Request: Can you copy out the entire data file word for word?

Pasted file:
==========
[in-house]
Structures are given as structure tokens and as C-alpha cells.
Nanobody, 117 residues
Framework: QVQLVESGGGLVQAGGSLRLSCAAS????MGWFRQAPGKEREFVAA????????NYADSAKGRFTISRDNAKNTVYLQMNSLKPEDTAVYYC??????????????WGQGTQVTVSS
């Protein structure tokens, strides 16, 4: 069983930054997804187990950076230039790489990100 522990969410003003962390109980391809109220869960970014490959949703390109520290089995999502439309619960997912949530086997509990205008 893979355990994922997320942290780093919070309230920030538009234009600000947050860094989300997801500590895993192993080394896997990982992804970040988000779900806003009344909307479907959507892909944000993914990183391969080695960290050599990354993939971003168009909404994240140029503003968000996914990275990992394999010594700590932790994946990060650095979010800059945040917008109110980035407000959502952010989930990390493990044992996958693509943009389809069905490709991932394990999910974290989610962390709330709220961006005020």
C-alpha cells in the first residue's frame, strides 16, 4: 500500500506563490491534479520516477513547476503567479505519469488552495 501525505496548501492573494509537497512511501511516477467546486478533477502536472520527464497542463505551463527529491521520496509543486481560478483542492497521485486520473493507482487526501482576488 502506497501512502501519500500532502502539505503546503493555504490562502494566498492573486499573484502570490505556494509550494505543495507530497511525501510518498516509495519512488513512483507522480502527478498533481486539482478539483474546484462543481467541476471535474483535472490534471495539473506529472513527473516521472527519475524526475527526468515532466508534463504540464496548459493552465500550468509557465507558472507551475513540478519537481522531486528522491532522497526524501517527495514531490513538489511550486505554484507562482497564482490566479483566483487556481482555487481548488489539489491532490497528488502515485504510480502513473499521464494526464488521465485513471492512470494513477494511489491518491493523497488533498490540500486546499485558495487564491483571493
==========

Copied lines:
[in-house]
Structures are given as structure tokens and as C-alpha cells.
Nanobody, 117 residues
Framework: QVQLVESGGGLVQAGGSLRLSCAAS????MGWFRQAPGKEREFVAA????????NYADSAKGRFTISRDNAKNTVYLQMNSLKPEDTAVYYC??????????????WGQGTQVTVSS
């Protein structure tokens, strides 16, 4: 069983930054997804187990950076230039790489990100 522990969410003003962390109980391809109220869960970014490959949703390109520290089995999502439309619960997912949530086997509990205008 893979355990994922997320942290780093919070309230920030538009234009600000947050860094989300997801500590895993192993080394896997990982992804970040988000779900806003009344909307479907959507892909944000993914990183391969080695960290050599990354993939971003168009909404994240140029503003968000996914990275990992394999010594700590932790994946990060650095979010800059945040917008109110980035407000959502952010989930990390493990044992996958693509943009389809069905490709991932394990999910974290989610962390709330709220961006005020």
C-alpha cells in the first residue's frame, strides 16, 4: 500500500506563490491534479520516477513547476503567479505519469488552495 501525505496548501492573494509537497512511501511516477467546486478533477502536472520527464497542463505551463527529491521520496509543486481560478483542492497521485486520473493507482487526501482576488 502506497501512502501519500500532502502539505503546503493555504490562502494566498492573486499573484502570490505556494509550494505543495507530497511525501510518498516509495519512488513512483507522480502527478498533481486539482478539483474546484462543481467541476471535474483535472490534471495539473506529472513527473516521472527519475524526475527526468515532466508534463504540464496548459493552465500550468509557465507558472507551475513540478519537481522531486528522491532522497526524501517527495514531490513538489511550486505554484507562482497564482490566479483566483487556481482555487481548488489539489491532490497528488502515485504510480502513473499521464494526464488521465485513471492512470494513477494511489491518491493523497488533498490540500486546499485558495487564491483571493